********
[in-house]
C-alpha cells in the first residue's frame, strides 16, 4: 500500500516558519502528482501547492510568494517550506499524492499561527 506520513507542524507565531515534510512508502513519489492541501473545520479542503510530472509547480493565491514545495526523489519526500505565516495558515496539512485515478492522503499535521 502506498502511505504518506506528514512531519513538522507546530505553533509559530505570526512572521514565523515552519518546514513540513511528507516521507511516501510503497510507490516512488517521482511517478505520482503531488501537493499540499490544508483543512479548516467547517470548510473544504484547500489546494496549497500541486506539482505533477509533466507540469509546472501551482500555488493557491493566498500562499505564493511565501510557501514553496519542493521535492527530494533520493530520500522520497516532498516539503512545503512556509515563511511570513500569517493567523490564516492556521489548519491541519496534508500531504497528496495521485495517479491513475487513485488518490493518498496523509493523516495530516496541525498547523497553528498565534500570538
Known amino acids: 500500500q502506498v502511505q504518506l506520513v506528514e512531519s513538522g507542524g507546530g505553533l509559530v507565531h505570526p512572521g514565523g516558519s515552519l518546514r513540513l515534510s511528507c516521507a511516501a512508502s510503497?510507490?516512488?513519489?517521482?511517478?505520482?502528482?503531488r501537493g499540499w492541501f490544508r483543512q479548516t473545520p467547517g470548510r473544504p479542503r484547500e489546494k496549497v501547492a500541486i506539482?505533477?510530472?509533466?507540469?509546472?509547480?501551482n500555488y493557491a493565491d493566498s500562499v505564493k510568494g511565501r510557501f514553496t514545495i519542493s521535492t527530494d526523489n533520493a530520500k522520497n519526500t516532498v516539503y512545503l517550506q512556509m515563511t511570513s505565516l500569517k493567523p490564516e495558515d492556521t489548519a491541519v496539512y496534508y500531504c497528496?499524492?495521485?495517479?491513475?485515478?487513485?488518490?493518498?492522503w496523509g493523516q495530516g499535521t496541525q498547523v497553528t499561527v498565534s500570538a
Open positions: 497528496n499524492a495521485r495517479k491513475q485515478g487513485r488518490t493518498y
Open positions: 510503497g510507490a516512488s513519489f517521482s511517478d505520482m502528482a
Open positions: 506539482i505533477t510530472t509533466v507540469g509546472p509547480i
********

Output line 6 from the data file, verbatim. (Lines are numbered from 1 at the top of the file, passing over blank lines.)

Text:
Open positions: 506539482i505533477t510530472t509533466v507540469g509546472p509547480i